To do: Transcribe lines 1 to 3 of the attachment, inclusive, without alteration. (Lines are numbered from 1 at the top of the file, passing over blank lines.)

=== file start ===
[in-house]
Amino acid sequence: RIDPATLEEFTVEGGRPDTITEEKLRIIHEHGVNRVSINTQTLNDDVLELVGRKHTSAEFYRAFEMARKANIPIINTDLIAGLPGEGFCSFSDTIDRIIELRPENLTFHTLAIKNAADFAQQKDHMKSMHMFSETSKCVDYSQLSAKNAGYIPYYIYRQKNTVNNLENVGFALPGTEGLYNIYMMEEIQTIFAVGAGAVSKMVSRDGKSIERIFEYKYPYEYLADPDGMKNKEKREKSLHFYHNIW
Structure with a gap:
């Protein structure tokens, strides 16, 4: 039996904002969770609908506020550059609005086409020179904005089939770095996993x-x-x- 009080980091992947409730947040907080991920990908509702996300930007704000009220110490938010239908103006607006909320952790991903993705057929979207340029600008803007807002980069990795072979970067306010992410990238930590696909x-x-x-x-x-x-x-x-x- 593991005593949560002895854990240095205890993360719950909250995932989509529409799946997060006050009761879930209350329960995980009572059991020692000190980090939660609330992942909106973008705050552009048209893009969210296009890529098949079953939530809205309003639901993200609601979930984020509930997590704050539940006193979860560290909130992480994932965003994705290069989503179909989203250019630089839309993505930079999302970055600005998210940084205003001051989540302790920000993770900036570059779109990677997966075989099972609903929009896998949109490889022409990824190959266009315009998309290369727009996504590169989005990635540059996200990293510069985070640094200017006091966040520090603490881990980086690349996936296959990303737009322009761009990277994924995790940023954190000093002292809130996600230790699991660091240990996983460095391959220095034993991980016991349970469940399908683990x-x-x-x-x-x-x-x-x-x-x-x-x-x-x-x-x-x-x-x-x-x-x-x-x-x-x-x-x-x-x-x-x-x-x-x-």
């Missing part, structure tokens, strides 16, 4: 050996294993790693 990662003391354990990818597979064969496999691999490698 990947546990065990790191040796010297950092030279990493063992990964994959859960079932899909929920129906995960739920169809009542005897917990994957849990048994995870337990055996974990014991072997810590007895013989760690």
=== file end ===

[in-house]
Amino acid sequence: RIDPATLEEFTVEGGRPDTITEEKLRIIHEHGVNRVSINTQTLNDDVLELVGRKHTSAEFYRAFEMARKANIPIINTDLIAGLPGEGFCSFSDTIDRIIELRPENLTFHTLAIKNAADFAQQKDHMKSMHMFSETSKCVDYSQLSAKNAGYIPYYIYRQKNTVNNLENVGFALPGTEGLYNIYMMEEIQTIFAVGAGAVSKMVSRDGKSIERIFEYKYPYEYLADPDGMKNKEKREKSLHFYHNIW
Structure with a gap: